The data transformation interface 852 interfaces the EFS linked library 847 to the file system 244 for accomplishing data encryption. The EFS linked library 847 registers these callbacks with the file system 244, whereby the file system 244 uses the registered EFS callback functions at appropriate times to carry out the various encrypting and decrypting tasks that the user requests. The data transformation interface 852 includes a number of function pointers, or callbacks. A first callback which the file system 244 uses, the FileCreate callback, tells the registered EFS functions that a stream is being created or opened.
 When an application opens or creates a file, the I/O subsystem including the I/O manager 204 determines the file is of a certain file system, e.g., an NTFS file, and passes the request on to NTFS 244. NTFS 244 determines whether EFS may be interested in the file, e.g., if the file is created in an encrypted directory or if a stream is created or attached to an encrypted file. IF NTFS 244 determines that the file is of interest to EFS, and sees that the EFS linked library 847 is registered therewith, NTFS 244 calls a registered EFS function, i.e., the FileCreate callback. If the request is a file open request on an existing file, FSRTL 848 reads the file metadata from the file attribute and fills up a context block, previously allocated by the EFS linked library 847 to pass back that information to the EFS linked library 847. When the call returns from NTFS 244, the EFS linked library 847 takes the metadata information and communicates with the EFS service 850 to extract a file encryption key from the metadata. This information is then returned by the EFS linked library 847 to NTFS 244 by another FSRTL 848 interface, FileControl, described below, which sets up a key context on the file being opened. This key context is thereafter retained by NTFS 244 for future calls to the EFS linked library 847 until the file is closed. If the file metadata is updated, the updated metadata is also re-written to the attributes by the registered EFS functions through NTFS callbacks.
 If a new file is created, the FileCreate call results in the FSRTL 848 filling up the context buffer 98 1 with a request for a new file encryption key and metadata. The FSRTL 848 then passes the context buffer 98 1 back to the EFS linked library 847. The EFS linked library 847 takes this information and communicates with the EFS service 850 to obtain a new file encryption key and new file metadata from the EFS service 850. Using a file control callback, the EFS linked library 847 returns this information to the FSRTL 848, whereby, using NtOfs function calls, the FSRTL 848 sets up the key context 98 on the file being created and writes the file metadata. The NtOfs API is a set of NTFS 244 function calls that allow the EFS linked library 847 to call into the file system 244 to manipulate the data streams containing the encryption metadata.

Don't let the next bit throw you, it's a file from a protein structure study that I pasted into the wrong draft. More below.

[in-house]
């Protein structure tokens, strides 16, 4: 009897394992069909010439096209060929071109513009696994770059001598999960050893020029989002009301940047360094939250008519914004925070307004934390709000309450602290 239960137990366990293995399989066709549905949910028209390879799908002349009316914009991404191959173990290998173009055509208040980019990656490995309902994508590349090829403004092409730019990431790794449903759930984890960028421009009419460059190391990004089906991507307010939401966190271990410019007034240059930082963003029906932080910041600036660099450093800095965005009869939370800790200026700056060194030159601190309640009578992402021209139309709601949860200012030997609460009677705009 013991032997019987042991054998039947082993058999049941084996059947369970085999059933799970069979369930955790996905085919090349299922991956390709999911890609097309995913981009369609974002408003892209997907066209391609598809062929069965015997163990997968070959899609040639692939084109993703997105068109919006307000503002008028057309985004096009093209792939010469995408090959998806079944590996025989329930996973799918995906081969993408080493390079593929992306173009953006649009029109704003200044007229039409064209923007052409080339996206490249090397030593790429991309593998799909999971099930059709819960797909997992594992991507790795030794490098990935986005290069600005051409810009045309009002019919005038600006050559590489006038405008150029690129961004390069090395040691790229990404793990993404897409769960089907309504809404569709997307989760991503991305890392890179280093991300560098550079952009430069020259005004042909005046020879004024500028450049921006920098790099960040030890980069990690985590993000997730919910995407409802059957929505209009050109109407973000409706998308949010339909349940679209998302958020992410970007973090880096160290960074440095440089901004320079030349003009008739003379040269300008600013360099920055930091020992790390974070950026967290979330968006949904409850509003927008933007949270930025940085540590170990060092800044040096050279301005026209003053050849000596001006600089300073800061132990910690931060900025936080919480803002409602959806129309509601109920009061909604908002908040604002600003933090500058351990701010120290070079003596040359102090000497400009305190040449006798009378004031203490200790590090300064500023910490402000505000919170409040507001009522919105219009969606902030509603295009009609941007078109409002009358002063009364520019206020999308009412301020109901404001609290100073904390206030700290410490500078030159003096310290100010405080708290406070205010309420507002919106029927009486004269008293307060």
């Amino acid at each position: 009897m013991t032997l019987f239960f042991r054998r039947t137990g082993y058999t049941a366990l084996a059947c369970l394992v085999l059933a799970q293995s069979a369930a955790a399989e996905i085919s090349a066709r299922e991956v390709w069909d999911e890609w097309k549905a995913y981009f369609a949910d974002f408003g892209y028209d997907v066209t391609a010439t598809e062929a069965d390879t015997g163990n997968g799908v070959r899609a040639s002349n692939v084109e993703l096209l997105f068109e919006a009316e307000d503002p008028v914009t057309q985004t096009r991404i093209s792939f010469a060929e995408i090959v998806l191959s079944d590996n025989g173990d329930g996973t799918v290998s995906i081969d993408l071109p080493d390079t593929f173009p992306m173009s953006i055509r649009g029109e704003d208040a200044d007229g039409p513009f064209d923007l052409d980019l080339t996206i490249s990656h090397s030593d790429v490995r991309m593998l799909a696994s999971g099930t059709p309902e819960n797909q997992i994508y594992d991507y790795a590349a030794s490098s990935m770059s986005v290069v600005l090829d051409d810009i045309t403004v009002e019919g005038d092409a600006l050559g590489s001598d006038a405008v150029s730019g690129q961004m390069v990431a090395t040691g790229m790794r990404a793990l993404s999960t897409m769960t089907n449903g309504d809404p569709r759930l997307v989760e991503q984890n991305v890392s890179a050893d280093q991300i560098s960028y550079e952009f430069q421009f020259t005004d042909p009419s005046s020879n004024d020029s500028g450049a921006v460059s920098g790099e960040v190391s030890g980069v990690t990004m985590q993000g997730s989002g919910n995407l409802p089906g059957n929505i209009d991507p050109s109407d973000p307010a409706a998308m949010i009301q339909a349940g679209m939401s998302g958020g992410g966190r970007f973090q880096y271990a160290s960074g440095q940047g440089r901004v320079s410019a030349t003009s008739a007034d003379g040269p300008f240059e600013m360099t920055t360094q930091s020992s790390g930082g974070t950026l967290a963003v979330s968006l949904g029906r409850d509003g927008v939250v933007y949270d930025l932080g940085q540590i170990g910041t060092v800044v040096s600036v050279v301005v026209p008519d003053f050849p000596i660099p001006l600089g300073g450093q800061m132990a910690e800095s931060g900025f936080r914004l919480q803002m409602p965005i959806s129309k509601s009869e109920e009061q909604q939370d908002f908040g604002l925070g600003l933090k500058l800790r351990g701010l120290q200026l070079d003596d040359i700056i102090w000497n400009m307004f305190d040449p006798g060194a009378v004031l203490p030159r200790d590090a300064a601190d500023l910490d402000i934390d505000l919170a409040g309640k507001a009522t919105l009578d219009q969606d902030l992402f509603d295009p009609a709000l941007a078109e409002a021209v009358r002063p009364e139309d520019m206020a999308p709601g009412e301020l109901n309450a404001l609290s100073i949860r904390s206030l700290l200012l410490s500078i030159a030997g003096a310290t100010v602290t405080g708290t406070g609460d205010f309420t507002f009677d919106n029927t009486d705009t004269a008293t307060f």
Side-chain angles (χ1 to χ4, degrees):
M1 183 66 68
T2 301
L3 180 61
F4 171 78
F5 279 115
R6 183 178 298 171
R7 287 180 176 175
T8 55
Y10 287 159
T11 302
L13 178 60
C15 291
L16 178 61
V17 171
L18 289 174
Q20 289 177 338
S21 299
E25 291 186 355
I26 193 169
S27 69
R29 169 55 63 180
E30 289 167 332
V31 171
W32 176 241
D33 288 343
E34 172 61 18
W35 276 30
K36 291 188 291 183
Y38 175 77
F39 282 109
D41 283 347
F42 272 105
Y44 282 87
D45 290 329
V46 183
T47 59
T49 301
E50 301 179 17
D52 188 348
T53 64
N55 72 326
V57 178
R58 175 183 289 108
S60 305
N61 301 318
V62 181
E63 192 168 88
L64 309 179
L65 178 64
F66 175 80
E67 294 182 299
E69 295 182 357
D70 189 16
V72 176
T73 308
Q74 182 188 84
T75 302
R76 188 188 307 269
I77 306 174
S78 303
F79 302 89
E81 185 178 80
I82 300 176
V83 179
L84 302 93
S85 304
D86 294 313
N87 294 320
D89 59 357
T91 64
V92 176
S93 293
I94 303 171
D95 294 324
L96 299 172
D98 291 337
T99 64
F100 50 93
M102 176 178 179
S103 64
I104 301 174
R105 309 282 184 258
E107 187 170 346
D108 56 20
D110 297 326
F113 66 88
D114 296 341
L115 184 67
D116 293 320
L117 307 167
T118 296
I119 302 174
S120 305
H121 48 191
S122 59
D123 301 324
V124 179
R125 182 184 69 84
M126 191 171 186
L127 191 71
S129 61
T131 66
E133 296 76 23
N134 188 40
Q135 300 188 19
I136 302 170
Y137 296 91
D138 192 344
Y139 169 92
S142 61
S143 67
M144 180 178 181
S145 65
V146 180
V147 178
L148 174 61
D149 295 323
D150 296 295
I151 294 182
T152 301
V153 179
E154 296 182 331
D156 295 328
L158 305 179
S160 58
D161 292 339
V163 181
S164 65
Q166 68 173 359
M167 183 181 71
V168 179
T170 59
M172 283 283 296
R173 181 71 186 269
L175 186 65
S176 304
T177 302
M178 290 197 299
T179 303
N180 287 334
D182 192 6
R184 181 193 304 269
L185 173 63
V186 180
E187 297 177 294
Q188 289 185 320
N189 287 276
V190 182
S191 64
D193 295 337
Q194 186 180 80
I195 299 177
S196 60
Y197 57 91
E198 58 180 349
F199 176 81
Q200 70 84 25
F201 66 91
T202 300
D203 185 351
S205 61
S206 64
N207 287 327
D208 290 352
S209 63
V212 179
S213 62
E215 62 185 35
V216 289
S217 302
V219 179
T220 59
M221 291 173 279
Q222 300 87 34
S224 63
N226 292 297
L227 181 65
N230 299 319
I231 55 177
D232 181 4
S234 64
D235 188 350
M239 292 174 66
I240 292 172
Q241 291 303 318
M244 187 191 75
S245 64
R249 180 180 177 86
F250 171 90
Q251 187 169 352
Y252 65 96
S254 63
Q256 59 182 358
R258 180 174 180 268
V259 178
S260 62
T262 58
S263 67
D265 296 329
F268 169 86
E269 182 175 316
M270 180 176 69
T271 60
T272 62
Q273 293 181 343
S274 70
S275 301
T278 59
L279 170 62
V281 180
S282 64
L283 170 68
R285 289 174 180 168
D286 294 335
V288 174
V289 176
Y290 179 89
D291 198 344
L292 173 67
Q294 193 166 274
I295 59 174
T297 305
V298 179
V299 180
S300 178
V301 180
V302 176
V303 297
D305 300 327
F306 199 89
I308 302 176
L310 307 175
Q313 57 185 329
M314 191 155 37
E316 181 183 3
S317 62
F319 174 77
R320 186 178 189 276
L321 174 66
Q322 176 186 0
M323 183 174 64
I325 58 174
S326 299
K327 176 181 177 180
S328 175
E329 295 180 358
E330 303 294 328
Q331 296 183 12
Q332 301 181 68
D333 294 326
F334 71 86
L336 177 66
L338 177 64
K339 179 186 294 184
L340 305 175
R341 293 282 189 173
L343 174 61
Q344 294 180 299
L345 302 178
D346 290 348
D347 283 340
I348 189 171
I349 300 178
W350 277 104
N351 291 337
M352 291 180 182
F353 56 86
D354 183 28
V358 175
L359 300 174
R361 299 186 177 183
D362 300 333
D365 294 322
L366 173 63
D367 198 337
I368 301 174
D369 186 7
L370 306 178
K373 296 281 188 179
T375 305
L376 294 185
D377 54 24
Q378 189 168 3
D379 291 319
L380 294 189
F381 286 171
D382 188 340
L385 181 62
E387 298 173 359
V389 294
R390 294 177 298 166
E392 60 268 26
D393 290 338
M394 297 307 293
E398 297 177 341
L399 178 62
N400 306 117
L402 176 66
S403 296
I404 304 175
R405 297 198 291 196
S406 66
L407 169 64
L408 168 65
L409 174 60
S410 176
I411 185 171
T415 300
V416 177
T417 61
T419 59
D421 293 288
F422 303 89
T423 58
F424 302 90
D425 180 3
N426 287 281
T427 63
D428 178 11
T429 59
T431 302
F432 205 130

Another callback, FileSystemControl—1, is called by NTFS 244 in response to the EFS linked library 847 request when a user is setting the encryption state of a file (EFS_SET_ENCRYPT), either marking it as encrypted or decrypted. In response, NTFS 244 sets or clears the encryption bit, and the EFS linked library 847 generates any necessary key storage. EFS_SET_ENCRYPT also originates in the EFS service 850 when a plaintext file begins to be encrypted, whereby the file state is modified such that no other operations are allowed on the file until the encryption is completed.
 NTFS 244 also calls the FileSystemControl—2 interface with various encryption driver-specific file control requests from the EFS linked library 847. Note that NTFS 244 takes no action with these callbacks other than to simply pass the call to the FSRTL 848. The file control requests include EFS_SET_ATTRIBUTE, which comes from the EFS filter EFS linked library 847 when it wants to write new or updated file metadata, and EFS_GET_ATTRIBUTE, which may come from the EFS linked library 847 or a user mode application 30 to query the file metadata. The information includes the list of user public keys and recovery agent public keys that may be used to encrypt the file encryption key. Another request, EFS_DECRYPT_BEGIN, comes from the EFS service 850 when it starts decrypting an encrypted file. In response, the state of the file is modified such that no other operations are allowed on the file until the decryption is completed. EFS_DEL_ATTRIBUTE is a request originating in the EFS service 850 when it finishes decrypting an entire encrypted file, and wants to delete the file metadata and associated attribute. The EFS_ENCRYPT_DONE request also comes from the EFS service 850 when it successfully completes the file encryption. The file state is modified to allow any operations from this point on. EFS_OVERWRITE_ATTRIBUTE comes from the EFS service 850 when an encryption file is restored from its backup format. The EFS service 850 supplies the file metadata that needs to overwrite any existing metadata on the file. This request is also associated with the deletion of any key context 96 associated with that file, such that no reads or writes can proceed while the file is being restored.
 The FileSystemControl—2 interface is also called by the file system 244 in response to the FSCTL_ENCRYPTION_FSCTL_IO, also described below. This provides a means for the EFS linked library 847 to have NTFS 244 call the EFS linked library 847 (itself), such as when NTFS 244 recognizes that a file is in a certain state corresponding to a state for which the EFS linked library 847 is waiting.
 The file system 244 directly uses the callback, AfterReadProcess after it has read some data from the disk for an encrypted file, and before returning it to the user. The AfterReadProcess function decrypts the data on the fly in response to this callback. Conversely, BeforeWriteProcess is called by the file system 244 before it writes some data to the disk for an encrypted file. The function encrypts the data as a result of this callback.